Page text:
Interdisciplinary Team of Students Garners Recognition at Public Health Bowl
Posted in GUMC Stories
APRIL 17, 2014 – During National Public Health Week, a team of undergraduate students from the School of Nursing & Health Studies (new window) competed in Saint Louis University’s Public Health Scholar Bowl.
Human science major Nishi Dsouza (NHS’15), international health majors Stephanie Muci (NHS’14) and Cathie Chen (NHS’16), and health care management & policy majors Whitney Dockrey (NHS’15), Lucas Wakefield (NHS’15), and Sonya Nasim (NHS’15) earned second place in both the trivia and case competitions at the event, held April 11-13.
“The competition was a great demonstration of the amazing education we get here at Georgetown,” says Dsouza. “Many of the trivia questions tested concepts that we learn in our NHS classes. It’s clear that we get a great, well-rounded education in the NHS, and it was exhilarating to see that knowledge come to fruition.”
Well-known population health researcher Michael Stoto, PhD (new window), professor of health systems administration, traveled with the team.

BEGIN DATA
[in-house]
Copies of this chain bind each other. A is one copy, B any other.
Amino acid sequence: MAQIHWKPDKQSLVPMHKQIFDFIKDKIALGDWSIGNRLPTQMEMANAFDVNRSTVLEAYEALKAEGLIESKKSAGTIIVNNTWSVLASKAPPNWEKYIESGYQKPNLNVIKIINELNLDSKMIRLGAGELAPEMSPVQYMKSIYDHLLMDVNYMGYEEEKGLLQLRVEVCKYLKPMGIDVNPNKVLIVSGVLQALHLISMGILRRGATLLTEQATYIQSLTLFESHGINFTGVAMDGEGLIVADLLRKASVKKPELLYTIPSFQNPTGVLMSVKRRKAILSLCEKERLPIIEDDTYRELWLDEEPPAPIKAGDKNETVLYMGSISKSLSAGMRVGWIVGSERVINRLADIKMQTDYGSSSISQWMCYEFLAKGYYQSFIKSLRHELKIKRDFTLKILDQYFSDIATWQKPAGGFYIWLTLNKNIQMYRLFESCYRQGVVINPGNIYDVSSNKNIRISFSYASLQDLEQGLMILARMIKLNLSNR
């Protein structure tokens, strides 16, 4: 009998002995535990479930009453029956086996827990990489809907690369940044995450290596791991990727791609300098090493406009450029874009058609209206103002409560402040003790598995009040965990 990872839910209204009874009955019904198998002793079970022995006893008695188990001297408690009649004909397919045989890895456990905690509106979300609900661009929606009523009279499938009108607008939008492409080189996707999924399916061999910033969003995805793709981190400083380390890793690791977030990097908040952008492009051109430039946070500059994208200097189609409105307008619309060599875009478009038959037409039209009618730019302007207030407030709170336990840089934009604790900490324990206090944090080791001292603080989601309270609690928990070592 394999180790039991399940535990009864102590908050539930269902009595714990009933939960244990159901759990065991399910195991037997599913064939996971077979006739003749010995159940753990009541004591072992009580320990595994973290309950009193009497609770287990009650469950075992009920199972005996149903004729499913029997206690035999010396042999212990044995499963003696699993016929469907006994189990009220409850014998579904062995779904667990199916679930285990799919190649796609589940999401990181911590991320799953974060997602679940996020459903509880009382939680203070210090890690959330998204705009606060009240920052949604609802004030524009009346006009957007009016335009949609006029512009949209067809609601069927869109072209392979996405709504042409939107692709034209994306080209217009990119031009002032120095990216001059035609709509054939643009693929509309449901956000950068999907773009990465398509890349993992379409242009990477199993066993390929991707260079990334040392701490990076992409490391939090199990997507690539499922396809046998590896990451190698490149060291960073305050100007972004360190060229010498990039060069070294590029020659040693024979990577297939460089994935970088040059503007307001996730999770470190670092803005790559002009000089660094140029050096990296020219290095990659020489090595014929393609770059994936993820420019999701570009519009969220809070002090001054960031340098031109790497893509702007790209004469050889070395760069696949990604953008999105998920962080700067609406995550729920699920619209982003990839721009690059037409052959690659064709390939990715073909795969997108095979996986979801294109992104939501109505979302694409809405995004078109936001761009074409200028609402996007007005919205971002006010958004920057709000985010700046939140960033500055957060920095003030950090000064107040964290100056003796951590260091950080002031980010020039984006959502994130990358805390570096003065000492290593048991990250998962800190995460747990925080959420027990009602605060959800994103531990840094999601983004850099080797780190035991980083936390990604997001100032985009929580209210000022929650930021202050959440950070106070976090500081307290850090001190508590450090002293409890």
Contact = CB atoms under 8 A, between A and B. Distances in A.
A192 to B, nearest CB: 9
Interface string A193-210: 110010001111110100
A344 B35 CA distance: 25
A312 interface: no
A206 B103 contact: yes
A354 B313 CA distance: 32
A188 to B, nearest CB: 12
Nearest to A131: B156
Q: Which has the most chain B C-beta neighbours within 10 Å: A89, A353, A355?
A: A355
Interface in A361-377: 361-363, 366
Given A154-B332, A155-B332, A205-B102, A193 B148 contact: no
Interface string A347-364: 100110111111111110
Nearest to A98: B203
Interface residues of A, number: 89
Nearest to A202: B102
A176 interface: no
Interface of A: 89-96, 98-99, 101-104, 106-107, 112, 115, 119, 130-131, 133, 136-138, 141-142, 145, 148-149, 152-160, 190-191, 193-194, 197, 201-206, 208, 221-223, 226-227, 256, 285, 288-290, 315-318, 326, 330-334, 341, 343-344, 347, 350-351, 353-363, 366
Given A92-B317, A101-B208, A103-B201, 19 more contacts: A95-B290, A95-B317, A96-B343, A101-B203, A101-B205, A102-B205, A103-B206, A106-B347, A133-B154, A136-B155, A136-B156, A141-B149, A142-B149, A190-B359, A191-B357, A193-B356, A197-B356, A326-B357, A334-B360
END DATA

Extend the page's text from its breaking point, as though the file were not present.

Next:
“We had a great time with Professor Stoto and meeting students from other universities with an ultimate interest in public health,” says Nasim.
For the competition, the undergraduates participated in both a trivia challenge round that tested their knowledge of the basic competencies of public health. They also prepared a case, focusing on reducing homicide and stroke rates in Chicago, which was judged anonymously by leading public health officials.
“It was evident how blessed we are to attend a university that truly supports us with its resources and prepares us for careers in public health and the health care industry,” says Dockrey.
Value of Teamwork
The Georgetown team was the only one to place in both categories.
“This experience was a true portrayal of teamwork,” says Muci. “By recognizing each other’s weaknesses and strengths, we were able to work together to obtain the greatest rewards. It’s evident that more can be accomplished with a high-performing, supportive team than with just one high performing individual.”
Public Health Interest
Wakefield says that having the chance to present “the idea that we worked so hard discussing, researching, and refining was definitely a rewarding experience.”
And Chen adds that the experience contributed to her passion for the public health field.
“Being a part of this competition has not only tested my knowledge but my reflexes as well,” she says. “I can confidently say that the [event] further fueled my interest in public health.”
By Bill Cessato